- 1 Is there an alternative to clipping cats nails?
- 2 Why is my cat so aggressive when I cut her nails?
- 3 At what point should I cut my cats nails?
What to do if my cat won’t let me cut her nails?
Alternatives to Trimming Your Cat’s Nails the Traditional Way – If you’ve tried the desensitization approach and your cat still won’t let you trim her nails, there are several options. You can try wrapping your cat in a towel (the kitty burrito approach), exposing one leg at a time.
You can get someone to help you, so one of you can restrain the cat while the other person trims the nails. Make sure that your helper knows how to properly and safely restrain a cat. And of course, you can also take your cat to your veterinary clinic for her pedicure. An alternative to nail trims are soft nail caps that are glued onto the cat’s claws so they can’t do any damage when the cat scratches.
You can do this yourself, or have it done at your veterinary clinic. I’m not a fan of these nail caps. The cat’s paws will still have to be handled to apply the caps, and nails have to be trimmed prior to application, so if you’re able to do that, then why not just trim the cat’s nails, period.
Additionally, once the caps are on, cats won’t be able to retract their claws, and I can’t imagine that feels very good to them. I tried the desensitization approach described above with Allegra when I adopted her at seven months old – with very little success. She was a play biter and touching her feet only encouraged her to bite.
I was using multiple behavior modification methods to get her to stop biting, and I realized I was pushing my luck trying to get her used to nail trims until I had addressed her other issues. So for now, a friend helps me, and nail trims take 30 seconds for all four paws.
Is there an alternative to clipping cats nails?
Alternatives to declawing your cat – Here at Just Cats Clinic, we are devoted to cherishing our feline friends and providing them with the best life possible, which includes leaving their claws intact, as nature intended. We have never declawed cats at our clinic, and will never start, based on substantial research that points out the lifelong, permanent issues declawed cats have experienced.
Applying nail caps — Nail caps, such as Soft Paws, can be applied to your cat’s nails as a protective shield. While they need to be replaced every couple of months, depending on how quickly your cat’s nails grow, they are an excellent alternative to declawing. Feliscratch applied to appropriate scratching areas — If your cat seems bent on scratching your furniture, apply Feliscratch or catnip spray to approved scratching areas. Feliscratch is an attractant pheromone designed to draw cats to scratch only certain items, but has been discontinued and will only be available for a short time. If you cannot find Feliscratch, you can instead use catnip spray on approved scratching areas. Properly placed scratching posts — Choose scratching posts with different materials and designs to appeal to your cat. Also, location is critical for appropriate scratching. Place a scratching post or pad next to the furniture or item your cat is currently scratching, apply Feliscratch, and reward your pet for scratching the proper item. Trimming your cat’s nails — Although your cat may not appreciate a mani/pedi, trimming their nails can help prevent inappropriate scratching. If your cat is too feisty to handle for an at-home nail trim, contact our team for an appointment.
With so many alternatives available for cats who need to express natural scratching behavior, declawing is totally unnecessary. If you’re struggling to manage your cat’s scratching, contact our Just Cats Clinic team for a consultation. You can also check out AAFP’s Cat Friendly Homes webpage for more information on how to live with a clawed cat.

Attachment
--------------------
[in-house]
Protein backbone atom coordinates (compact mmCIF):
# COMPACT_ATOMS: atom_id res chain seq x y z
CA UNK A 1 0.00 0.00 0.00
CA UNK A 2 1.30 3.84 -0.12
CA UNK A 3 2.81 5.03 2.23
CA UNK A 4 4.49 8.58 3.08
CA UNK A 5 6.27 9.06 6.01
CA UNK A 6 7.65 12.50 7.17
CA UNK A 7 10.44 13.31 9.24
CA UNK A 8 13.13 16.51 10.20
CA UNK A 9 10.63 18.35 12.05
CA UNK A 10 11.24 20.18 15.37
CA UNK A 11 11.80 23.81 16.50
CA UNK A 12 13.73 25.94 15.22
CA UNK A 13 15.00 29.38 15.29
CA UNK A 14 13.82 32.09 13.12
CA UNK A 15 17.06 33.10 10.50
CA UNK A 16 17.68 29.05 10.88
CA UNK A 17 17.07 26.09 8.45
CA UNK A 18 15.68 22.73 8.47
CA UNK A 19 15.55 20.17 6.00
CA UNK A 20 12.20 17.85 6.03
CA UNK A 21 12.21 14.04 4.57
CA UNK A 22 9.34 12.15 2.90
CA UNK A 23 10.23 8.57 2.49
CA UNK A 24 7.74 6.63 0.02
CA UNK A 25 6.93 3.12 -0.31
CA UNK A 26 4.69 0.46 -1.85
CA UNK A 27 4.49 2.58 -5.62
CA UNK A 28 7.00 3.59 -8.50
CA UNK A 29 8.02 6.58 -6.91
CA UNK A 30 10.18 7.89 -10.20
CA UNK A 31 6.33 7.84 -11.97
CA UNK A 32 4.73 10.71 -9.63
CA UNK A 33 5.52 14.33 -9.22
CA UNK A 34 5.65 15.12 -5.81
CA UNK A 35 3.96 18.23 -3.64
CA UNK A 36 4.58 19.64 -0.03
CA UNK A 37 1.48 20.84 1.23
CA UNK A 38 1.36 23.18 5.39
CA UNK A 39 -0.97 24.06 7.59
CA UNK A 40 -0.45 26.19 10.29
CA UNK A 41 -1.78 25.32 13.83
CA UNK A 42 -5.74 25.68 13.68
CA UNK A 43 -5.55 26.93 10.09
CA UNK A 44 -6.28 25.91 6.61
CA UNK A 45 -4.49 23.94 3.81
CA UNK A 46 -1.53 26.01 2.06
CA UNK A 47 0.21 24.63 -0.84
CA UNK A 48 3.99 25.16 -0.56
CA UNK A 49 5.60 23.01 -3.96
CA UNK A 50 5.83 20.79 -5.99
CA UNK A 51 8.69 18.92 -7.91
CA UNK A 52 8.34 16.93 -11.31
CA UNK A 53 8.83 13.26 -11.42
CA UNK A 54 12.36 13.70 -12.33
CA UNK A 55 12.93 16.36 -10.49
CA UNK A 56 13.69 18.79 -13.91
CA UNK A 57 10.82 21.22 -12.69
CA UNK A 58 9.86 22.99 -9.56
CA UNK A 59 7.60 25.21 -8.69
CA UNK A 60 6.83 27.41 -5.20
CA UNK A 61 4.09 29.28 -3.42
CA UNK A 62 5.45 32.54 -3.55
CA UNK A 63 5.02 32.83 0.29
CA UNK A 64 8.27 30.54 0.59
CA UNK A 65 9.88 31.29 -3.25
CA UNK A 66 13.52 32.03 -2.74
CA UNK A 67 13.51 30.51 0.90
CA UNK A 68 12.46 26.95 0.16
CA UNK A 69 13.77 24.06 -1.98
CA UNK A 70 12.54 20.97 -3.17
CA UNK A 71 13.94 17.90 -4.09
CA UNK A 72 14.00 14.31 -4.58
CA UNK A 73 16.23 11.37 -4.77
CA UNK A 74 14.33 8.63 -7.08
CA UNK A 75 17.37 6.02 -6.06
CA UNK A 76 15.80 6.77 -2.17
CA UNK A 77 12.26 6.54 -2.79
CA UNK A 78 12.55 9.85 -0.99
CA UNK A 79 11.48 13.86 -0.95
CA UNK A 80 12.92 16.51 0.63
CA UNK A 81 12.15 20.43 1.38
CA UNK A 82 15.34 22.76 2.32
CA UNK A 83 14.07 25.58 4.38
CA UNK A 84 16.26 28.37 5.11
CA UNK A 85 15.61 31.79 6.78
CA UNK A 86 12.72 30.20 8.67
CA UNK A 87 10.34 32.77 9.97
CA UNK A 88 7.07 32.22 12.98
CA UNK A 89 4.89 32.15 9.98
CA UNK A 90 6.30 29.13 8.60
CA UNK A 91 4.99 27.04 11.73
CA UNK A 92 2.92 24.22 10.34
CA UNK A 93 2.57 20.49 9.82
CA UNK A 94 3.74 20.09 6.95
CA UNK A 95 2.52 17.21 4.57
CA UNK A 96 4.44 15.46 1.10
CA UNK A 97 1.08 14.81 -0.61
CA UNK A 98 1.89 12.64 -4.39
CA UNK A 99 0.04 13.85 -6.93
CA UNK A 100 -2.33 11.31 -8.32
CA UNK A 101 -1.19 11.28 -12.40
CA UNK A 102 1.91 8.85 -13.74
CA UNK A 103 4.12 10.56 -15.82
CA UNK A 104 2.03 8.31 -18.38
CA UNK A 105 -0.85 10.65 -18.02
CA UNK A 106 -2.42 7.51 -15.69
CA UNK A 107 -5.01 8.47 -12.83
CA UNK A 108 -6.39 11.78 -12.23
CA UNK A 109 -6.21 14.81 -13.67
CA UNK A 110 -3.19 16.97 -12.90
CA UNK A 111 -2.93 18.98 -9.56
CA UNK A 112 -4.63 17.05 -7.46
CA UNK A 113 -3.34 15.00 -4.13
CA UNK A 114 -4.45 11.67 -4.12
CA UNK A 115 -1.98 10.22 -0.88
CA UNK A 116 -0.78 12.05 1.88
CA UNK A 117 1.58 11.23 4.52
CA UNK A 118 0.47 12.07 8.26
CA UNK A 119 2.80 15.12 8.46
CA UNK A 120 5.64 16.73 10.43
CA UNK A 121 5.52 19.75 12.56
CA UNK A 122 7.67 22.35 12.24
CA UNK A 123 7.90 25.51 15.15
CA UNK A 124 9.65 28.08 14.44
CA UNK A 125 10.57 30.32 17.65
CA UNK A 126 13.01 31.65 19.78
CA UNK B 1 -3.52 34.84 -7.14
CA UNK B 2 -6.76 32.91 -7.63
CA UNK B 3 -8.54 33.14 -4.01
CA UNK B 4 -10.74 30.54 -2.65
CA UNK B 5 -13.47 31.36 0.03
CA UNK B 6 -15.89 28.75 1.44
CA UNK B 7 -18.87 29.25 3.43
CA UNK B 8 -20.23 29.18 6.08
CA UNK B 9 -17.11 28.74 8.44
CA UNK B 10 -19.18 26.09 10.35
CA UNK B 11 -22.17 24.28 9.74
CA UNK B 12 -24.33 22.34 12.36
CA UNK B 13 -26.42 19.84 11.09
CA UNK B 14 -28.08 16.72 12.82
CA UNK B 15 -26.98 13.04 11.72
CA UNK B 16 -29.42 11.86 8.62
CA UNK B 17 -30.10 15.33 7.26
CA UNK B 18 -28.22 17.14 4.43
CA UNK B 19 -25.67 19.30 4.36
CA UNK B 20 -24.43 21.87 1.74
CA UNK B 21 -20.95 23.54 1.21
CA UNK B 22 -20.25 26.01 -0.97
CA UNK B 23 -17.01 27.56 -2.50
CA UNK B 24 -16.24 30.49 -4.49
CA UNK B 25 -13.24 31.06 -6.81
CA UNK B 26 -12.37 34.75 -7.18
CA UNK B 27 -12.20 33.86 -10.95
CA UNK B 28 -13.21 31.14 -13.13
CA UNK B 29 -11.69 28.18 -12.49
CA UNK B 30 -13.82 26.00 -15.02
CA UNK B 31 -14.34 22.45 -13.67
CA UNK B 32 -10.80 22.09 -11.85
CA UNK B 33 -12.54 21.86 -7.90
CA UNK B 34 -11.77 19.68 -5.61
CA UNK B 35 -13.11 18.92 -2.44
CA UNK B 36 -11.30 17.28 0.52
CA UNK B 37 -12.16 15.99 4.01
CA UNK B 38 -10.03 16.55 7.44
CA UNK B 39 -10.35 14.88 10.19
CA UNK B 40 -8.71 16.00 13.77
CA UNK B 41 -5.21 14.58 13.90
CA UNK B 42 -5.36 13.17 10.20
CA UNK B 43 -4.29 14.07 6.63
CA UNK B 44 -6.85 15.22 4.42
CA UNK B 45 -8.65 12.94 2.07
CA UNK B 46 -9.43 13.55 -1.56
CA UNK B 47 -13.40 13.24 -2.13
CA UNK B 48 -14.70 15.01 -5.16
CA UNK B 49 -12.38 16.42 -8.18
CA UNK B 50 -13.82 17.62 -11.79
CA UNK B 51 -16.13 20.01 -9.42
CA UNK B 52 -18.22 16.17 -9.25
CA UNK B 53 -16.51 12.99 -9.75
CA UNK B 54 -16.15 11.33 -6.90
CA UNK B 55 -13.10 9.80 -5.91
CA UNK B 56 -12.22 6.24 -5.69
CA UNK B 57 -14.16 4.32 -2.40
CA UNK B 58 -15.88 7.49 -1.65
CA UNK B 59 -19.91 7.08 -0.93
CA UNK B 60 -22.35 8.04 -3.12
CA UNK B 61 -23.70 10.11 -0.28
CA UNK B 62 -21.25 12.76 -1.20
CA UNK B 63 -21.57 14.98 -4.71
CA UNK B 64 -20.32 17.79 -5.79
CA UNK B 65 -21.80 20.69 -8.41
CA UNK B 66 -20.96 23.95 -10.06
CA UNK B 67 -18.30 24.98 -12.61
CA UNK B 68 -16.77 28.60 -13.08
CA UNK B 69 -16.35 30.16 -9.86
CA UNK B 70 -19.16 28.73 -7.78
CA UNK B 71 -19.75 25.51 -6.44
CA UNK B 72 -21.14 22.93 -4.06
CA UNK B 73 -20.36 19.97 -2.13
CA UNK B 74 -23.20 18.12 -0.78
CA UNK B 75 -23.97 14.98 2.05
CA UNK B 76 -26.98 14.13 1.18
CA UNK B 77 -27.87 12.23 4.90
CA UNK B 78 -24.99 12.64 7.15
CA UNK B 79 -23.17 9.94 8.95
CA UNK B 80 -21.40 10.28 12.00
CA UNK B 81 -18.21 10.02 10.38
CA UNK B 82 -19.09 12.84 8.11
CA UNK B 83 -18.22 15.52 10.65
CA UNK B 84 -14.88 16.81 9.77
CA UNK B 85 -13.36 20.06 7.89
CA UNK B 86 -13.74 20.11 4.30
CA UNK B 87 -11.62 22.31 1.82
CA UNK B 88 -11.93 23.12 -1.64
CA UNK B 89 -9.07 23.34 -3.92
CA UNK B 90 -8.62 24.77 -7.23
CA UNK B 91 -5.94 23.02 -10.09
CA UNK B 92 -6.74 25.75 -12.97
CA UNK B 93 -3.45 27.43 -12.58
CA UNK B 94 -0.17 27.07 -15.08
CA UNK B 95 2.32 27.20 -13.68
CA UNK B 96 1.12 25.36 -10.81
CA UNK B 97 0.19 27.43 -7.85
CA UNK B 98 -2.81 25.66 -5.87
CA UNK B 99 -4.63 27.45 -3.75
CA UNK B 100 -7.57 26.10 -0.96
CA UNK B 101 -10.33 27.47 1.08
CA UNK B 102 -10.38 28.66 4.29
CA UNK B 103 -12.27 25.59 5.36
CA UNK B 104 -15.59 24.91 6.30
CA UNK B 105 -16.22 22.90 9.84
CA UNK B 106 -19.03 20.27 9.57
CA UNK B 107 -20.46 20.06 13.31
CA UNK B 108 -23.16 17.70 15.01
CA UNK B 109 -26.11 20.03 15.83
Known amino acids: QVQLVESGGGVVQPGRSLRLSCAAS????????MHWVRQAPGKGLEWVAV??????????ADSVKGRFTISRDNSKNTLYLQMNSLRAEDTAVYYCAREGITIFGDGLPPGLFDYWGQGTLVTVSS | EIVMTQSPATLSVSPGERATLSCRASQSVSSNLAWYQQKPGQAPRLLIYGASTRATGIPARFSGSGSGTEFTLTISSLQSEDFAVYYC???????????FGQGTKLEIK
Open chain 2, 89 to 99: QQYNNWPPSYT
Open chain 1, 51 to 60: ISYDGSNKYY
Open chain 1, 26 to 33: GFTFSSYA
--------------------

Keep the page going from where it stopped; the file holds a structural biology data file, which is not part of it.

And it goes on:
Can I sedate my cat to trim nails?
Injectable Sedation – For some pets, oral medication doesn’t provide enough sedation or anxiety relief. These kitties may need injectable sedation administered by a veterinarian during a checkup, toenail trim, x-rays, or other procedure. Injectable drugs at a veterinarian’s office are typically stronger than oral medications that are sent home, and thus only administered by veterinary professionals who are trained and prepared to monitor a pet to ensure their heart rate, breathing, and temperature all remain normal during sedation.
What can I give my cat to calm him down to cut his nails?
Tips to Help Calm Your Cat While Trimming Feed them, give them a nice warm spot to relax, and approach them calmly while they’re dozing. Some will be on edge immediately, but many will be relaxed enough to at least give you a bit of time to work. Another option is to try catnip.
Does it hurt cats if you don’t trim their nails?
Why It’s Important to Trim Cat Nails Regularly – Overgrown nails become curved and don’t retract completely. You will know if your cat’s nails have grown too long if your cat gets their nails stuck in carpets or other soft surfaces, or if your cat can no longer retract her nails.
Why is my cat so aggressive when I cut her nails?
WHY DOES MY CAT HATE GETTING ITS NAILS CUT? – Cats’ claws are like humans’ nails in that both have cuticles, quicks, and nails. The quick contains the nerves and blood vessels of the nail. If the quick is clipped, it causes a lot of pain and bleeding. Injury is most likely the reason your cat hates getting their nails trimmed; once they feel that pain, they know what to avoid.
Do scratching posts trim nails?
Nail Trimming – Is it necessary? | The Cat Hospital of Kamloops Yes, it is necessary to clip your cat’s nails, but first a word of caution; never cut to the quick. The “quick” is the dark pink section inside the claw where the nerves and blood vessels are found. This part of a cat’s claw is very sensitive, and if you cut it, you will cause bleeding and pain.
- Once a cat has a bad experience, especially if this is their first experience, they’ll remember the pain and you’ll have a very hard time keeping the chaos under control when you try and clip again.
- Remember: Only clip off the translucent tip of the claw.
- Never cut into the quick.
- Your tool can be specialized cat nail clippers, or your finger nail clippers, as long as they are sharp.
Using a dull instrument may crack the nail rather than clipping it cleanly off. Developing a clipping schedule with a new kitten will help them learn to trust you as they grow up, and they will stay calmer through the process, knowing what to expect. Choosing a quiet room helps, and developing a habit of massaging their paws during cuddle time helps cats adjust to their paws being touched.
- A cat’s nails are naturally retracted into sheaths in their toes, so when everyone’s calm and you’re ready to trim, gently push into the centre of their paw, and this will expose their nails.